Our laboratory develops novel, optimized approaches for treatment and diagnostics of cancer, inflammatory disorders, and cardiovascular disease. Our current research focus is on
We conduct these investigations using endothelium-lined microfluidic systems, advanced medical ultrasound equipment, and state-of-the-art computational models. Our research is interdisciplinary and involves collaboration with scientists, engineers, and clinicians from leading research institutes and hospitals. Our projects have been funded by the National Science Foundation, Department of Defense, American Heart Association, and international foundations. We invite highly motivated individuals to join the laboratory as undergraduate or graduate researchers. Please contact Prof. Khismatullin for more information.
Cancer ablation with HIFU and ethanol
We conduct in vitro and in vivo experiments to test our novel method for minimally invasive ablative treatment of advanced and refractory tumors. More information about our approach can be found in our paper published in Physics in Medicine and Biology and in a recent article in Tulane New Wave. Our focused ultrasound system is the only system avaialble at Tulane to conduct HIFU ablation studies. In this effort, we collaborate with leading oncologists at Tulane University School of Medicine (Drs. Joseph Buell, Emad Kandil, and Benjamin Lee) and oncologists abroad.
Tumor spheroid culture in PDMS wells
We are applying our patented "PDMS well" method to grow multicellular tumor spheroids with an effective diameter exceeding 2 mm. These large tumor spheroids are used in HIFU ablation experiments and testing other therapies for cancer.
Cell adhesion in endothelium-lined microfluidic channels
Using our endothelium-lined microfluidic channels, we investigate the role of inflammatory mediators produced by tissue resident cells on circulating cell adhesion to vascular or lymphatic endothelium during allergy, atherosclerosis, thrombosis, sickle cell disease, and breast cancer metastasis. Two papers with results of this experimental research were published or accepted for publication in 2012: one reports a synergistic effect of TNF-alpha and histamine on monocyte adhesion to vascular endothelium, and another shows that histamine released during mast cell degranulation may cause or inhibit thrombosis, depending on whether it acts on resting endothelial cells or on cells pre-activated by other inflammatory stimuli.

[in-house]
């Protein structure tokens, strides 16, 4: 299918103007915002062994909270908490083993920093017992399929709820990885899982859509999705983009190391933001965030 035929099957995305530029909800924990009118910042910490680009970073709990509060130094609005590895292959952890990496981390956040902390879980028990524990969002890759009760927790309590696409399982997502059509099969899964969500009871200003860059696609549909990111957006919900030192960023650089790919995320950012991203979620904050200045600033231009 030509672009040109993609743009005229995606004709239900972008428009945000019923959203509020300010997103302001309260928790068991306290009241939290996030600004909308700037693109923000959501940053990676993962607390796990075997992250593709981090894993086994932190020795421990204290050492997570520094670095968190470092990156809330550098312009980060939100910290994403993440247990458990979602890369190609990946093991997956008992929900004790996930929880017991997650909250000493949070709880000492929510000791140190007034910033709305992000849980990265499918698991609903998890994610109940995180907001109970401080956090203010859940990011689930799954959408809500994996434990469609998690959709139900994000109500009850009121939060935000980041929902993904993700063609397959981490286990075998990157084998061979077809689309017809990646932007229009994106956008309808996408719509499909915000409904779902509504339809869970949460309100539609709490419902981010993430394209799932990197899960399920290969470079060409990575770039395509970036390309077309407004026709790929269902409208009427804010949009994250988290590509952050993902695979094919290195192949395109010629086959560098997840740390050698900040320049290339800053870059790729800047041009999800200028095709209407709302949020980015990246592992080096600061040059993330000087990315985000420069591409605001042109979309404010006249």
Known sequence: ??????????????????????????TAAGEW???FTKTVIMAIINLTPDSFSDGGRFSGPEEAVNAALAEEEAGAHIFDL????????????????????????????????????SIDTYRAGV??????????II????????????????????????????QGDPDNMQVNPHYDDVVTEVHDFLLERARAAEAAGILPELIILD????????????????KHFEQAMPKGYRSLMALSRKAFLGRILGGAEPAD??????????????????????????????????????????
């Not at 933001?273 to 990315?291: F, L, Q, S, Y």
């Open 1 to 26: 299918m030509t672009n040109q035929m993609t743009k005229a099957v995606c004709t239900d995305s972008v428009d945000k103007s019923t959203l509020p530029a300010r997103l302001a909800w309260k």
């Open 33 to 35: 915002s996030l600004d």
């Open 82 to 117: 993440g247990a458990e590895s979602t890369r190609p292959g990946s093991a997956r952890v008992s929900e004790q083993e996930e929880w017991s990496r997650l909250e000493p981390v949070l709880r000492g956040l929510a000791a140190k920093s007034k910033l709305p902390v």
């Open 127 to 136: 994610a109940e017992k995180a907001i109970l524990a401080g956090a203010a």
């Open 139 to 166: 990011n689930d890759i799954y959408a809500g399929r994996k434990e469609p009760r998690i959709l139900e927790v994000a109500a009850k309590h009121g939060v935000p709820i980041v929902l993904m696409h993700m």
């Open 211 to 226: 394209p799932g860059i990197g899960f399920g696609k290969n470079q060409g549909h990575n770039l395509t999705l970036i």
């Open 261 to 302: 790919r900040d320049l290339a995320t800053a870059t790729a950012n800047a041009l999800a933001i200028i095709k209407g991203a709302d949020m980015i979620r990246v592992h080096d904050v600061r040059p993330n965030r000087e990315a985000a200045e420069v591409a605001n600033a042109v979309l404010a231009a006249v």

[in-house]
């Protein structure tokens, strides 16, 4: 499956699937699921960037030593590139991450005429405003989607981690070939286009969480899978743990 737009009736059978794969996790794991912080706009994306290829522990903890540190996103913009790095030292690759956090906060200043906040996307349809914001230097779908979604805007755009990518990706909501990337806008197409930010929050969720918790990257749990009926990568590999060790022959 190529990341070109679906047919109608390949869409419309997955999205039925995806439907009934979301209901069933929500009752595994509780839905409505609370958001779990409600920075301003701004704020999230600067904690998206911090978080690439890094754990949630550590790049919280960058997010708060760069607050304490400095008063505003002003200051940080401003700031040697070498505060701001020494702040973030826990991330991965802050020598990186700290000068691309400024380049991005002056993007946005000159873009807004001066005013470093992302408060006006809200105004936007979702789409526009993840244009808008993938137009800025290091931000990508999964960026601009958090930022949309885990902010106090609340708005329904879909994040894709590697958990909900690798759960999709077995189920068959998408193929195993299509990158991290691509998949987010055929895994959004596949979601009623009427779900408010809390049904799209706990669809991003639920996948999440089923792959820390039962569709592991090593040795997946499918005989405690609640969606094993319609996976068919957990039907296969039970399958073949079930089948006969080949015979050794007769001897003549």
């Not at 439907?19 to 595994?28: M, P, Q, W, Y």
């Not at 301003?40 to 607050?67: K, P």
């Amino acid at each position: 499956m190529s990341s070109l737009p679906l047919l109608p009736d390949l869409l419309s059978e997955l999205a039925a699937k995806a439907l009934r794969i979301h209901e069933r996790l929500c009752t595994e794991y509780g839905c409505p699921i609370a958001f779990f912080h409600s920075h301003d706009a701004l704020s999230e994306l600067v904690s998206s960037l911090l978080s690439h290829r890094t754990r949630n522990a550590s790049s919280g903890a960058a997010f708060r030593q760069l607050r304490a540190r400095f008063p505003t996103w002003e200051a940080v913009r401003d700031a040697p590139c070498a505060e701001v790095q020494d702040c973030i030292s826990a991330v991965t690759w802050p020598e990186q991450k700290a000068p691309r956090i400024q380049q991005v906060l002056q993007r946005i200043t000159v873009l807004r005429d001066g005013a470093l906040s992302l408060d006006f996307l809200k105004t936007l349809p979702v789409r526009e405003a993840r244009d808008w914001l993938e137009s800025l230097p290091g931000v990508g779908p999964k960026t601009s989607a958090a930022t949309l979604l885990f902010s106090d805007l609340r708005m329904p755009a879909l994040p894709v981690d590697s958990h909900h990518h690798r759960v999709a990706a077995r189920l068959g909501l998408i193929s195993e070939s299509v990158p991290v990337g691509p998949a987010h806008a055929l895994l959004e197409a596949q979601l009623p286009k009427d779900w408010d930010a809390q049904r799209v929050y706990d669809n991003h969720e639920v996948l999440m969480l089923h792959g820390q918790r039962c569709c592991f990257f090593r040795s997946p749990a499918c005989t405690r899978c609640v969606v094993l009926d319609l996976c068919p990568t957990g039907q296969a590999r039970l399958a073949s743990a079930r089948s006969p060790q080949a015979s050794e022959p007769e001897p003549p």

Modeling leukocyte and cancer cell migration and adhesion
We have developed three-dimensional computational algorithm VECAM (ViscoElastic Cell Adhesion Model) that integrates, for the first time, the cell's rheological properties, stochastic receptor-ligand binding, and physiologic shear flow conditions. More information about VECAM can be found in our paper on leukocyte rolling published in Biophysical Journal. This algorithm is now extended to simulate active migration of cells and cell rolling and adhesion to a compliant substrate, as well as lateral migration of circulating cells in an inertial microfluidic device. The first results of the latter research have been published in International Journal of Multiphase Flow.